"I'm not totally innocent, I admit that. I was frustrated this whole year. But they didn't handle things much better. I think people's pride and manhood got in the way. Mr. Snyder was made to look like a liar because it looked like he was backing out of an agreement."

    Coles said that he knew that things reached the point of no return two weeks ago after a phone conversation with Snyder, who, Coles said, threatened to make life miserable for him if the team was forced to bring him back. Coles said that Snyder was Angry that the wideout had initially caused the trade with the Jets for Moss to collapse on Feb. 26 by demanding a contract extension.

    "He said: 'If you come back here, you'll never play again,' " Coles recalled, adding that Snyder promised to send him a flat-screen TV on which to watch games. " 'We'll bench you for two years then we'll cut you.' He said: 'If you come back, we'll torture you.' "

    "Once he was threatening me, I said to myself: 'Man, I know I have to leave.' I knew I couldn't come back because of the way they handled it."

    Coles said that he was so disturbed by Snyder's remarks that he called later. "I said. 'Why would you threaten my career? I've done nothing wrong,' " Coles said. "And [Snyder] admitted that he was being emotional."

    During an extensive telephone interview yesterday, Coles expressed ambivalence about how his departure occurred. Coles said that he was reluctant to criticize Gibbs -- "he's a legend," Coles said -- but felt compelled to speak the truth about an offense that took too long to open up.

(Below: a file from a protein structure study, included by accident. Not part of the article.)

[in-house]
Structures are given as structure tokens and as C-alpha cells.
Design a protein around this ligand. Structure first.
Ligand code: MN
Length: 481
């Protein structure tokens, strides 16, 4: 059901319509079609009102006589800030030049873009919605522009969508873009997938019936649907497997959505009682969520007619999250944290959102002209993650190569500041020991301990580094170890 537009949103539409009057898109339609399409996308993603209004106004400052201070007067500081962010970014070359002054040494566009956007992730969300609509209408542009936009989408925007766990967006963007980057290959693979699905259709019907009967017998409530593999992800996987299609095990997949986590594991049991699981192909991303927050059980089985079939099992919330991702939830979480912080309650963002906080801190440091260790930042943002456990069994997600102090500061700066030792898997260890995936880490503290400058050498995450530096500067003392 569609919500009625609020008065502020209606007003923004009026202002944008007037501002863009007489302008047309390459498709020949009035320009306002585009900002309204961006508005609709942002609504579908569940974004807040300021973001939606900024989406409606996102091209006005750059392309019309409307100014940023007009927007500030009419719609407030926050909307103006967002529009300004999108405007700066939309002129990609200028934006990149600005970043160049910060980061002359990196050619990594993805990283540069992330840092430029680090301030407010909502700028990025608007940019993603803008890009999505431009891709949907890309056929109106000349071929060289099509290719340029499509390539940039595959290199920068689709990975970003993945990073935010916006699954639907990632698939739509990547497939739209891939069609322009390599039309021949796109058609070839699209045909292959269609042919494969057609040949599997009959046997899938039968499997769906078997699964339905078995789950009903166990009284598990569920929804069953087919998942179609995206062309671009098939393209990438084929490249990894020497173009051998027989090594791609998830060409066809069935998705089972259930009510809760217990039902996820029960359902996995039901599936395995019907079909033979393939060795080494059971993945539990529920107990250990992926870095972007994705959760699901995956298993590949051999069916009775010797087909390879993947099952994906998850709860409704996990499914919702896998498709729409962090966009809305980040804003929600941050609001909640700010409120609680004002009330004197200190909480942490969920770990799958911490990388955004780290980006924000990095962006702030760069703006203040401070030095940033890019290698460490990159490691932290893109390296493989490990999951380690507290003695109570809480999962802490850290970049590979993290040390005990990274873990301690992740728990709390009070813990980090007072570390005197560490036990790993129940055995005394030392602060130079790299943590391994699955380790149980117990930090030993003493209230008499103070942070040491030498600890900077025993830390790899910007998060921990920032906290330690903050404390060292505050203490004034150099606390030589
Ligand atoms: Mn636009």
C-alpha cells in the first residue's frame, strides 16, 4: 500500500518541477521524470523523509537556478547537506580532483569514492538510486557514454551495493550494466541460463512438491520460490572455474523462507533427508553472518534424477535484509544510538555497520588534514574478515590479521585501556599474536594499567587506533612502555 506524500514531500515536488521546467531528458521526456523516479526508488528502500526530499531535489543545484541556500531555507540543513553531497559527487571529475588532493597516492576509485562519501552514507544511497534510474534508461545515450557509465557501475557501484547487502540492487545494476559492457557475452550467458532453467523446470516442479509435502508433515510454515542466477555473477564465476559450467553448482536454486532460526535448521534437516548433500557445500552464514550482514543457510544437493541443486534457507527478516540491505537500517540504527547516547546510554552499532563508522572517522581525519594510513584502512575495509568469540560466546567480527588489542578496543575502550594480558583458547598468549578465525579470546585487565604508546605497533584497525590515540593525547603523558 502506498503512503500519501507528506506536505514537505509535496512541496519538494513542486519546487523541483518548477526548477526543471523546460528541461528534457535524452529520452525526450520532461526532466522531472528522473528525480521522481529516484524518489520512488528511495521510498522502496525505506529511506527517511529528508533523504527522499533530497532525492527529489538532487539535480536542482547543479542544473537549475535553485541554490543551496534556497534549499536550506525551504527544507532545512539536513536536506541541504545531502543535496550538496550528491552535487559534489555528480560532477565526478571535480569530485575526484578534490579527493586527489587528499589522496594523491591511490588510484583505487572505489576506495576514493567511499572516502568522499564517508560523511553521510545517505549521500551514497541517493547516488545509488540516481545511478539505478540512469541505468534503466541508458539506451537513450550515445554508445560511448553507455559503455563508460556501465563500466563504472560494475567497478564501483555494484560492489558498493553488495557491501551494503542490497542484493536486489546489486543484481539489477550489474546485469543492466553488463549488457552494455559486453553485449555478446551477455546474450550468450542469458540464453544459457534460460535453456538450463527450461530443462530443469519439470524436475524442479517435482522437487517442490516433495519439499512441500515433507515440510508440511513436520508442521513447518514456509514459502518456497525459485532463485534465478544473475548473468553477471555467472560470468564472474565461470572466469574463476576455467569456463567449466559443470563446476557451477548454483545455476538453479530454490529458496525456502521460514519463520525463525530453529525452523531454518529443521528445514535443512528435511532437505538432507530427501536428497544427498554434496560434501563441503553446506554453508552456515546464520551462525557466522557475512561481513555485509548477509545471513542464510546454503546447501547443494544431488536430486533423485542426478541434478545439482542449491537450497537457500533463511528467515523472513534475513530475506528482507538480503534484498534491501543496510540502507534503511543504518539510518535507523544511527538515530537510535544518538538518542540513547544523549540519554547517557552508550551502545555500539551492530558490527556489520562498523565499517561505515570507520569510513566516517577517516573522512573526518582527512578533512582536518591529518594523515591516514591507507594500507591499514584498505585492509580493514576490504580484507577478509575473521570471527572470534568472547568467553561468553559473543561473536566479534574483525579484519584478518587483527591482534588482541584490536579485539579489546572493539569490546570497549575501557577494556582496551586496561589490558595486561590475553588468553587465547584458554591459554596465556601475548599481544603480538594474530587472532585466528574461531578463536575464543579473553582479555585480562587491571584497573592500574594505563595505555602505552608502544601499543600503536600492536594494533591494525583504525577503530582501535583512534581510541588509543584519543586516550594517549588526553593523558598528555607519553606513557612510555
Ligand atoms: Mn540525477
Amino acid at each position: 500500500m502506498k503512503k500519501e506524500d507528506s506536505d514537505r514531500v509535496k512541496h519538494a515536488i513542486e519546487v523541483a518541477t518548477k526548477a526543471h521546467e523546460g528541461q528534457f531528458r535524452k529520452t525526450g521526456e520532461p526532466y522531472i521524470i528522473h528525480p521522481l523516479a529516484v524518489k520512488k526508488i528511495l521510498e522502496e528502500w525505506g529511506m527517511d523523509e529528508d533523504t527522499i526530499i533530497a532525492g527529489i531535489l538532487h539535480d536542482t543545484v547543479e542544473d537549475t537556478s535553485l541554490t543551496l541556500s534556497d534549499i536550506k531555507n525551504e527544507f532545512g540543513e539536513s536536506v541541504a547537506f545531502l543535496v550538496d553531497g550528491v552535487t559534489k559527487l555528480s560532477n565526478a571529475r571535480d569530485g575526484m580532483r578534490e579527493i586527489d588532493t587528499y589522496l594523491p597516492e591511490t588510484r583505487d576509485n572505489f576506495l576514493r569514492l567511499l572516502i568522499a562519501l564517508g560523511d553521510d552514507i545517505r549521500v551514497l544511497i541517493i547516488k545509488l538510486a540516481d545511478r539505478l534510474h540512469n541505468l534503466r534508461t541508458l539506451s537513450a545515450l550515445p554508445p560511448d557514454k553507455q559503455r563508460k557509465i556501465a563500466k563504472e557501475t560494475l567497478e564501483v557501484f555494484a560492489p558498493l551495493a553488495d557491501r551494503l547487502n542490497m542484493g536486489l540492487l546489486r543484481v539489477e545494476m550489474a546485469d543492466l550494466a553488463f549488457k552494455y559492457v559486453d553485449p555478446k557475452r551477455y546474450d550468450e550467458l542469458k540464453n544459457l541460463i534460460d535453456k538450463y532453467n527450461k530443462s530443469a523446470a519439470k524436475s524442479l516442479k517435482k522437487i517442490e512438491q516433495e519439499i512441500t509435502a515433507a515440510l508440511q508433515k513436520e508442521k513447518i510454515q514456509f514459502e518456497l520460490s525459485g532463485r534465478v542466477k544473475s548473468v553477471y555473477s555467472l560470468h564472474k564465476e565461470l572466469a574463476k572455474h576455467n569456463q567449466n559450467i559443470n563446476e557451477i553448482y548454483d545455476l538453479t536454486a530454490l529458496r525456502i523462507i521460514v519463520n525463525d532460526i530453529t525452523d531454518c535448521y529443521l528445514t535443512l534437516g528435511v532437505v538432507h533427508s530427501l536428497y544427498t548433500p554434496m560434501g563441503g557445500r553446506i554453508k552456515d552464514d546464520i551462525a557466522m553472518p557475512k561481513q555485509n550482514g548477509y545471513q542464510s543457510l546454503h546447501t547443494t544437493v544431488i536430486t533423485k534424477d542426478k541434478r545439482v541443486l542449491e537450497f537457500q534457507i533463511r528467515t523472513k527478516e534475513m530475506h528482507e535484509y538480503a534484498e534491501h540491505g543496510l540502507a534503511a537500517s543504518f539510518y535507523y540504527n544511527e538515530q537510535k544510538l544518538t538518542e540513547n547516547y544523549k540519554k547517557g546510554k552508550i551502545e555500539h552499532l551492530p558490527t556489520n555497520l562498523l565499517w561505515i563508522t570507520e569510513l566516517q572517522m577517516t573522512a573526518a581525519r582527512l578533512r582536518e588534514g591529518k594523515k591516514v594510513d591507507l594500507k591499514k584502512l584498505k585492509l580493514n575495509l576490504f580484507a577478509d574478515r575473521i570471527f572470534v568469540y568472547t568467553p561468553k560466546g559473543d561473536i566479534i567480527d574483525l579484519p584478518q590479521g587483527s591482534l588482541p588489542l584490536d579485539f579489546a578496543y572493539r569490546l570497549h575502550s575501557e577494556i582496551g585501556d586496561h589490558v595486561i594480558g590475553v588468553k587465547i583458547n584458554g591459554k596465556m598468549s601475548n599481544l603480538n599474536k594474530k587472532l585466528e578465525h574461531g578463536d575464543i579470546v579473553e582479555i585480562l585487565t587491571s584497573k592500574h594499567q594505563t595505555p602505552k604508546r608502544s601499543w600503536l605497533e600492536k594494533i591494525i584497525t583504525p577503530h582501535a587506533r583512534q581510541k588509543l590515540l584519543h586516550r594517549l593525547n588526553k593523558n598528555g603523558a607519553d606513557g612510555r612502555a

And while Coles said that his former coach was too resistant to change in an outdated offense, the wideout believes that Gibbs's determination will eventually pay off.

    "The best thing I can say about him is he's proven that he can win," Coles said. "And I know with his determination he's going to get that team turned around. He told us that whether it's this year, next year or the year after, he's going to have guys on his team that are going to want to win and fight for him. With his work ethic, he will eventually get that done. But I was just too miserable to stay aboard."

    Coles added that despite his criticism of the organization, he wishes the Redskins well, especially former teammates.

    The Redskins signed Coles as a restricted free agent in March 2003. Coles, 27, played his first season with Washington under coach Steve Spurrier, whose downfield passing game suited the 5-foot-11, 193-pound receiver.

    Despite Coles's complaints about Gibbs's offense, he finished with the second-most passes thrown his way in the NFL last year, according to Stats Inc. The Redskins threw in Coles's direction 168 times -- two fewer than wideout Chad Johnson of the Cincinnati Bengals. However, most of the balls to Coles were intermediate passes, and Coles finished with only one touchdown -- on an option pass from Portis.

    Coles said that he became more miserable each week of the season because there were few signs that the offense was being altered. "With the losing, it became depressing," Coles said. "It wore on me mentally."

    Coles said that he grew most disenchanted late in the season when, he said, the coaching staff went out its way to help Portis try to reach 1,500 yards. (Portis would have become the first player in NFL history to reach the milestone in his first three seasons.) After Portis suffered an injury in Washington's next-to-last game, Coles said, Gibbs dismissed Coles's desire to finish with at least 1,000 receiving yards.

    "When it was my turn, they threw me three balls in the first half," said Coles, who finished with a career-high 90 catches for 950 yards, but with a career-low 10.6 yards per catch. "I told him, 'Coach I don't feel like I'm one of your guys, so I need to go somewhere else.' "

    What would Coles miss about Washington?

    He paused: "The fans and some of my teammates. The past football season was the most miserable season I had as a football player. I should never feel the way I felt, and I never want to feel that way again."

  2. #2
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    Originally posted by Section109Row15@Mar 9 2005, 09:48 AM